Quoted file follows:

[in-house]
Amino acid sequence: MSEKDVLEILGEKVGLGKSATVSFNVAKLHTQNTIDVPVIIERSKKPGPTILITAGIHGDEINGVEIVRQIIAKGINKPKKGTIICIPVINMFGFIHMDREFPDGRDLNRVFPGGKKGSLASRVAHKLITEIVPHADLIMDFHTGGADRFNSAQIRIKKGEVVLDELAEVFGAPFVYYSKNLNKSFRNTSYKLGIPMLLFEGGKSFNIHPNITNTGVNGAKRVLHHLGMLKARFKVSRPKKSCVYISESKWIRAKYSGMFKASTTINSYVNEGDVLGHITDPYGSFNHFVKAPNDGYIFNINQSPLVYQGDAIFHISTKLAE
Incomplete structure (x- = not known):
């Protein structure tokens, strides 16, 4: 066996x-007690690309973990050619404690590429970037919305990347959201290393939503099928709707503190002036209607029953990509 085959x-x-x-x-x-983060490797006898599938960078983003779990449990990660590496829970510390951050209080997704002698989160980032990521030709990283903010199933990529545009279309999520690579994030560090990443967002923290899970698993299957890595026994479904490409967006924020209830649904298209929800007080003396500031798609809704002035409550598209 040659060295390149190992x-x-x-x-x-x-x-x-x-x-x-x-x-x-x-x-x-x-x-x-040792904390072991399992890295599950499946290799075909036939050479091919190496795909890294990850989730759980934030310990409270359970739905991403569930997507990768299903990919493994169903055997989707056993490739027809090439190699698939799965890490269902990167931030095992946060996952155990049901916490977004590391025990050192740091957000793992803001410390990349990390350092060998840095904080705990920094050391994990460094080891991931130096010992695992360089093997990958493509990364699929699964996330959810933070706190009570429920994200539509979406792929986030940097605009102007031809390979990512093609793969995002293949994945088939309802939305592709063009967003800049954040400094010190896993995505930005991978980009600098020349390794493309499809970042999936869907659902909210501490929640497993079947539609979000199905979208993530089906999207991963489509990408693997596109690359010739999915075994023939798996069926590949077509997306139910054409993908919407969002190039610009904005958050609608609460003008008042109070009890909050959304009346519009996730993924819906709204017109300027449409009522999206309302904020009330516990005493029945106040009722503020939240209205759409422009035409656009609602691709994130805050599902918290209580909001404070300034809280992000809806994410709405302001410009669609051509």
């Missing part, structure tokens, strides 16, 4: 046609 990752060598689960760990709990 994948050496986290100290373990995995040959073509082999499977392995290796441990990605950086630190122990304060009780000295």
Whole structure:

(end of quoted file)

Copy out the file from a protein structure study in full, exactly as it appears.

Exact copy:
[in-house]
Amino acid sequence: MSEKDVLEILGEKVGLGKSATVSFNVAKLHTQNTIDVPVIIERSKKPGPTILITAGIHGDEINGVEIVRQIIAKGINKPKKGTIICIPVINMFGFIHMDREFPDGRDLNRVFPGGKKGSLASRVAHKLITEIVPHADLIMDFHTGGADRFNSAQIRIKKGEVVLDELAEVFGAPFVYYSKNLNKSFRNTSYKLGIPMLLFEGGKSFNIHPNITNTGVNGAKRVLHHLGMLKARFKVSRPKKSCVYISESKWIRAKYSGMFKASTTINSYVNEGDVLGHITDPYGSFNHFVKAPNDGYIFNINQSPLVYQGDAIFHISTKLAE
Incomplete structure (x- = not known):
């Protein structure tokens, strides 16, 4: 066996x-007690690309973990050619404690590429970037919305990347959201290393939503099928709707503190002036209607029953990509 085959x-x-x-x-x-983060490797006898599938960078983003779990449990990660590496829970510390951050209080997704002698989160980032990521030709990283903010199933990529545009279309999520690579994030560090990443967002923290899970698993299957890595026994479904490409967006924020209830649904298209929800007080003396500031798609809704002035409550598209 040659060295390149190992x-x-x-x-x-x-x-x-x-x-x-x-x-x-x-x-x-x-x-x-040792904390072991399992890295599950499946290799075909036939050479091919190496795909890294990850989730759980934030310990409270359970739905991403569930997507990768299903990919493994169903055997989707056993490739027809090439190699698939799965890490269902990167931030095992946060996952155990049901916490977004590391025990050192740091957000793992803001410390990349990390350092060998840095904080705990920094050391994990460094080891991931130096010992695992360089093997990958493509990364699929699964996330959810933070706190009570429920994200539509979406792929986030940097605009102007031809390979990512093609793969995002293949994945088939309802939305592709063009967003800049954040400094010190896993995505930005991978980009600098020349390794493309499809970042999936869907659902909210501490929640497993079947539609979000199905979208993530089906999207991963489509990408693997596109690359010739999915075994023939798996069926590949077509997306139910054409993908919407969002190039610009904005958050609608609460003008008042109070009890909050959304009346519009996730993924819906709204017109300027449409009522999206309302904020009330516990005493029945106040009722503020939240209205759409422009035409656009609602691709994130805050599902918290209580909001404070300034809280992000809806994410709405302001410009669609051509």
């Missing part, structure tokens, strides 16, 4: 046609 990752060598689960760990709990 994948050496986290100290373990995995040959073509082999499977392995290796441990990605950086630190122990304060009780000295």
Whole structure: